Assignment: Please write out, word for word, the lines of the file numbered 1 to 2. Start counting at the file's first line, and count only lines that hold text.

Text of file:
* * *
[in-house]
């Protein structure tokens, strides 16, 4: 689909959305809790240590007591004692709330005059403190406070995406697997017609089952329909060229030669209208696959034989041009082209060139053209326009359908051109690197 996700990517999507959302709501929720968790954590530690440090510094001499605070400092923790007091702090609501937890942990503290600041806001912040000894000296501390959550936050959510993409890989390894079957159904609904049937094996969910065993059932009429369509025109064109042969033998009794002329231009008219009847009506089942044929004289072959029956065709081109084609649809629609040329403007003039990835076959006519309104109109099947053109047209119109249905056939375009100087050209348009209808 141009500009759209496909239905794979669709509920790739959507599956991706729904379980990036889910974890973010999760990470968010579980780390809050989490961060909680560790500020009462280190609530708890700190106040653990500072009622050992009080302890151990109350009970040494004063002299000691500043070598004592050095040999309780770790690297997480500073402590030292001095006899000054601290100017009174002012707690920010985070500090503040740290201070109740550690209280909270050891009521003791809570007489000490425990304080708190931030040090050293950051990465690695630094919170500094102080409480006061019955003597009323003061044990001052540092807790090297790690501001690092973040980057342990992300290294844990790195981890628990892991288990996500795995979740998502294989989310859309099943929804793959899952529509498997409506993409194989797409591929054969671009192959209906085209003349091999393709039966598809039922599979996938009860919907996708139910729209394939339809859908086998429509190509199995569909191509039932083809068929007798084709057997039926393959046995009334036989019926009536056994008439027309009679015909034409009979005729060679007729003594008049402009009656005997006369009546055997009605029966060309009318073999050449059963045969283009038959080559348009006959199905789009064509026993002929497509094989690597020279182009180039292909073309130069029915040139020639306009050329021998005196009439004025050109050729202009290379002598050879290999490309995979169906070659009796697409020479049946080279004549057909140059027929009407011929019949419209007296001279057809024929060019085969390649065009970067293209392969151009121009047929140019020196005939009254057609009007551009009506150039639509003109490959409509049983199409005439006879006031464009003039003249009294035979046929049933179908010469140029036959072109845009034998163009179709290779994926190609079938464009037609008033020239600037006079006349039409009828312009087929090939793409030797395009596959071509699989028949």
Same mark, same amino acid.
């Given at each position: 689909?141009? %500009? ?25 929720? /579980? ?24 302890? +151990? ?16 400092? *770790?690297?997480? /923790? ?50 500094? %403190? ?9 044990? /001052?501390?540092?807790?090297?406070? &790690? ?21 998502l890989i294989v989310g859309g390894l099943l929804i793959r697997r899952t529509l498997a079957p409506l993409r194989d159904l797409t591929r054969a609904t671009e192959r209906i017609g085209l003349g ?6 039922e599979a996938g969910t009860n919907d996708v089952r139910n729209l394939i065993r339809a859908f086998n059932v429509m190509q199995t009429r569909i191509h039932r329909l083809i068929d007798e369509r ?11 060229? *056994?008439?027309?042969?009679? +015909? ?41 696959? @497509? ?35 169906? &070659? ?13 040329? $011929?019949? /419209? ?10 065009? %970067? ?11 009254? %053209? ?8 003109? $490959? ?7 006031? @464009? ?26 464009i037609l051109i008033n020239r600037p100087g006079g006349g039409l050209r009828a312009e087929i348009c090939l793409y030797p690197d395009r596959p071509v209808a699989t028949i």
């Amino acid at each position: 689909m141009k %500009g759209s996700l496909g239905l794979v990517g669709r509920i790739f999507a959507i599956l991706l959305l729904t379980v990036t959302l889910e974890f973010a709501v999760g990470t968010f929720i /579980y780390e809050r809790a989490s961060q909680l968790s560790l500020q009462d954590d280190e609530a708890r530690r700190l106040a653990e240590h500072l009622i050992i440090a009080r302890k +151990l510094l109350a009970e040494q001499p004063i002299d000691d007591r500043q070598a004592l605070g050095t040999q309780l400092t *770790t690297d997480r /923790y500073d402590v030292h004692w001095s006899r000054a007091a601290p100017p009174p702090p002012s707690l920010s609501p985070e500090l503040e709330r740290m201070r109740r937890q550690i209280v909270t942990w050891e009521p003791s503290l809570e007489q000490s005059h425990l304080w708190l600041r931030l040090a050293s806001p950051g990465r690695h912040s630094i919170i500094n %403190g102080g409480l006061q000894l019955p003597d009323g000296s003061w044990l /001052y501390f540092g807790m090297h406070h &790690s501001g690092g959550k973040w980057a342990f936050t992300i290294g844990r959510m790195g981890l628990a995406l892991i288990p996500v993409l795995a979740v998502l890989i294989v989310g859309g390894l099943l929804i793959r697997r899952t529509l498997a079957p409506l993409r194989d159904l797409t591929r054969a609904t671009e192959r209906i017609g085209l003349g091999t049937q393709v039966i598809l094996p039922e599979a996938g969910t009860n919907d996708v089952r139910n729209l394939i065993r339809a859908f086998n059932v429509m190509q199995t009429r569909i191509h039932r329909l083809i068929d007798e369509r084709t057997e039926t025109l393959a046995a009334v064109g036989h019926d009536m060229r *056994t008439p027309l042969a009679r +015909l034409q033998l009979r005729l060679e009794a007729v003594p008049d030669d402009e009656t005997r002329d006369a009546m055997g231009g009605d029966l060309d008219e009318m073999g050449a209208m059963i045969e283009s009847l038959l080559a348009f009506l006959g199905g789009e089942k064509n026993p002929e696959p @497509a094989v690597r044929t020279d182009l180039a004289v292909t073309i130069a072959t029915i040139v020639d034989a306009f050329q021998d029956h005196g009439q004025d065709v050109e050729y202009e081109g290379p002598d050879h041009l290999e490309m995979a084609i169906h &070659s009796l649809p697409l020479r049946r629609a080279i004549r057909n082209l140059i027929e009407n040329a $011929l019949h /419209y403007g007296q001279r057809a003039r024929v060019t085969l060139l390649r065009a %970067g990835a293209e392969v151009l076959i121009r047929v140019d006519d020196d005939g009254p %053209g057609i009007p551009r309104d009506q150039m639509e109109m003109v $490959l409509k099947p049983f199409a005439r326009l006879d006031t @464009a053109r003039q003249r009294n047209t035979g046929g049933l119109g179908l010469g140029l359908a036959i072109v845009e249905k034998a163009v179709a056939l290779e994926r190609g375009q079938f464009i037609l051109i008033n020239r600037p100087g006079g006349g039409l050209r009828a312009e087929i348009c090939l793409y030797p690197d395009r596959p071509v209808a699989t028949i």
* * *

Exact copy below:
[in-house]
């Protein structure tokens, strides 16, 4: 689909959305809790240590007591004692709330005059403190406070995406697997017609089952329909060229030669209208696959034989041009082209060139053209326009359908051109690197 996700990517999507959302709501929720968790954590530690440090510094001499605070400092923790007091702090609501937890942990503290600041806001912040000894000296501390959550936050959510993409890989390894079957159904609904049937094996969910065993059932009429369509025109064109042969033998009794002329231009008219009847009506089942044929004289072959029956065709081109084609649809629609040329403007003039990835076959006519309104109109099947053109047209119109249905056939375009100087050209348009209808 141009500009759209496909239905794979669709509920790739959507599956991706729904379980990036889910974890973010999760990470968010579980780390809050989490961060909680560790500020009462280190609530708890700190106040653990500072009622050992009080302890151990109350009970040494004063002299000691500043070598004592050095040999309780770790690297997480500073402590030292001095006899000054601290100017009174002012707690920010985070500090503040740290201070109740550690209280909270050891009521003791809570007489000490425990304080708190931030040090050293950051990465690695630094919170500094102080409480006061019955003597009323003061044990001052540092807790090297790690501001690092973040980057342990992300290294844990790195981890628990892991288990996500795995979740998502294989989310859309099943929804793959899952529509498997409506993409194989797409591929054969671009192959209906085209003349091999393709039966598809039922599979996938009860919907996708139910729209394939339809859908086998429509190509199995569909191509039932083809068929007798084709057997039926393959046995009334036989019926009536056994008439027309009679015909034409009979005729060679007729003594008049402009009656005997006369009546055997009605029966060309009318073999050449059963045969283009038959080559348009006959199905789009064509026993002929497509094989690597020279182009180039292909073309130069029915040139020639306009050329021998005196009439004025050109050729202009290379002598050879290999490309995979169906070659009796697409020479049946080279004549057909140059027929009407011929019949419209007296001279057809024929060019085969390649065009970067293209392969151009121009047929140019020196005939009254057609009007551009009506150039639509003109490959409509049983199409005439006879006031464009003039003249009294035979046929049933179908010469140029036959072109845009034998163009179709290779994926190609079938464009037609008033020239600037006079006349039409009828312009087929090939793409030797395009596959071509699989028949």